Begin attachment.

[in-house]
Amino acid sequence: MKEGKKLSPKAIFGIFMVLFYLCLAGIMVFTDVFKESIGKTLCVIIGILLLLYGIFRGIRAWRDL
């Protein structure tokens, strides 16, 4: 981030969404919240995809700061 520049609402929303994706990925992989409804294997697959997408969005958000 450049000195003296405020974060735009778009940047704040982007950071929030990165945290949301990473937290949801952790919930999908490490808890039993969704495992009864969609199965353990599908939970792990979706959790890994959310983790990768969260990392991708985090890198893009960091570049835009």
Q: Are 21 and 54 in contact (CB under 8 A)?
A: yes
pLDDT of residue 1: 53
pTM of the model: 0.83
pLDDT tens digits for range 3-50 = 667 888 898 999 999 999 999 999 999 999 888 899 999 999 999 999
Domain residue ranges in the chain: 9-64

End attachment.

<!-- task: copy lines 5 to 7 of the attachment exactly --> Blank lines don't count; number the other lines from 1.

A: yes
pLDDT of residue 1: 53
pTM of the model: 0.83